Baselworld 2017 may have been a bit hit and miss for most brands but among all the great and possibly questionable vintage inspired timepieces on display, one piece that caught our eye was this Tudor Black Bay Steel. The first Heritage Black Bay was introduced back in 2012 and since then, there have been a few other iterations, including the much-coveted Only Watch Tudor Heritage Black Bay One. This iteration has perhaps caught our eye for a good couple of reasons, 1) being Tudor’s great price points in general and 2) it’s uncanny similarities to the uber rare and brilliantly cool, Rolex Zerograph – minus the push piece.
The subtle changes that Tudor have made on this Black Bay are aesthetically simple yet very effective. Perhaps, what I like most is that Tudor have taken design cues from its sister brand Rolex, in fitting a steel bezel, to an already very likeable watch. Though this design trait is seldom seen on a diving watch.
The satin brushed steel bezel features a black engraved 60-minute graduation scale, with minute indicators for the quarter-hour between 0 and 15, with a red triangle and authentic pearl (yes, I’m looking at you Pelagos.) But something that I do find rather intriguing, considering this is a watch from the 21st century, is its unidirectional bezel, again, something seldom seen in watches of today – lending a nice vintage feel.
By and large the Black Bay Steel is unchanged, with exceptions being the bezel and the dial, which now includes a date window for the first time. This is of course thanks to the manufacture movement that was first introduced in 2015. The 41mm case houses the self-winding calibre MT5612 (the same movement that can be found in the Pelagos) that offers a power reserve of 70-hours, which is certified by the Swiss Official Chronograph testing institute aka COSC.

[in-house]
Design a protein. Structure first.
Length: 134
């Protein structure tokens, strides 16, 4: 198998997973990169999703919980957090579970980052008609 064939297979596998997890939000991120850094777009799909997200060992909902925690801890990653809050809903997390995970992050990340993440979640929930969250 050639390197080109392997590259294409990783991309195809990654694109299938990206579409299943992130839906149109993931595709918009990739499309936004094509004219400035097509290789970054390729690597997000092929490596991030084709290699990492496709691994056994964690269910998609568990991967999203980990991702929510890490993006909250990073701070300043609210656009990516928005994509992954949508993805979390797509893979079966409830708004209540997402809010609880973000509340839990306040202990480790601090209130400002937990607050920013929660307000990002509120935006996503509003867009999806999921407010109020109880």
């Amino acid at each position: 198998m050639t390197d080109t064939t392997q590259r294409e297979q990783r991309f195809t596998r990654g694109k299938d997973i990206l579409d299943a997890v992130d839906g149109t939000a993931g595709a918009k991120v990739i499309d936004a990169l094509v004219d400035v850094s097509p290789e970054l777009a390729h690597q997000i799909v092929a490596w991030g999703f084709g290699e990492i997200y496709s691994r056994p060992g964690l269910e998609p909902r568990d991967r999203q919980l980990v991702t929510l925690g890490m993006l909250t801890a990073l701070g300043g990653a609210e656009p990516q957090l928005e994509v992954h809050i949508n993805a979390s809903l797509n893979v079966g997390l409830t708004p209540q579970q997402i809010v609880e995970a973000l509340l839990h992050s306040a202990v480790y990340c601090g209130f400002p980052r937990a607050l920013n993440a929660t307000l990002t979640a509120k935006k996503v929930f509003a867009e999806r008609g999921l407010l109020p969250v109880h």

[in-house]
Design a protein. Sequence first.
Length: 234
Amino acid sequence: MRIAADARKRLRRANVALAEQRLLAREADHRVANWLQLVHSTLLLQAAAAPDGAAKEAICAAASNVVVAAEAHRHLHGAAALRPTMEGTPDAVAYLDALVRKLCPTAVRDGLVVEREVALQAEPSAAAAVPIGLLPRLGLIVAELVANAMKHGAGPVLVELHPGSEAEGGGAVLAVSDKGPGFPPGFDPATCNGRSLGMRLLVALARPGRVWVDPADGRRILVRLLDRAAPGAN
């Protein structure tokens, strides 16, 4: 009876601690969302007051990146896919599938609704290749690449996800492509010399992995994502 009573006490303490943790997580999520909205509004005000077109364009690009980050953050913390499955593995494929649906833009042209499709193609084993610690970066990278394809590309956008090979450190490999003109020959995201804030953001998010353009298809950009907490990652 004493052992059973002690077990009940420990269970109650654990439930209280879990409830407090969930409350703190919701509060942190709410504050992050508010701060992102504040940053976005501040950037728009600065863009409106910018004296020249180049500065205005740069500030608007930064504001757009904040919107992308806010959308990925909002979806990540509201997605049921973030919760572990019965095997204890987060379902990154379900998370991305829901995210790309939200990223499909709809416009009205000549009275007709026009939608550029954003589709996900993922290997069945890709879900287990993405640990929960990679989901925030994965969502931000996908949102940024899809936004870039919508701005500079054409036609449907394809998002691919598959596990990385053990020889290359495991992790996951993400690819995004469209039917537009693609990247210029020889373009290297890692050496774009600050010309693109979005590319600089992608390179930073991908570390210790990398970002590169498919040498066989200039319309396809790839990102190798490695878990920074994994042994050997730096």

Another touch that adds to the overall aesthetics of the Black Bay Steel, is the steel bracelet it’s been paired on. We first saw this 1950s/1960s vintage-style inspired, riveted bracelet last year on the Black Bay Black. This modern interpretation is true to form and features the very distinct stepped construction, though instead features faux rivets and modern solid links that offers a vintage look but has modern robustness. The Black Bay is also available with an aged black leather strap with deployant clasp, though both will come with an extra khaki green fabric strap.
The steel bezel in my opinion changes the stance of the Black Bay by increasing its seriousness but yet perhaps making it more discreet. The Black Bay is already a very popular watch, so much so that even Tom Jones can be seen sporting one during broadcasts of The Voice UK. That said, some may bemoan the inclusion of a date window but in all honesty, it is probably one of the most non-intrusive I’ve seen. That said there was a very distinct theme occurring at this year’s Baselworld but Tudor have been ahead of the curve for some time and the blending of vintage details into their modern watches is commonplace. These subtle vintage design traits in a contemporary timepiece, offer nostalgia and practicality in one package, which is something that Tudor have done so well. Ushering in the new without forgetting the old and as a by-product, making their once underappreciated vintage pieces more collectible – case in point, this very rare Tudor Submariner reference 7923 covered by friends over at Hodinkee.
The Tudor Heritage Black Bay Steel on the riveted steel bracelet is priced at £2,580 and is priced at £2,370 on the distressed leather strap. As mentioned, both models come with the khaki green fabric strap. For more information on visit the official Tudor website.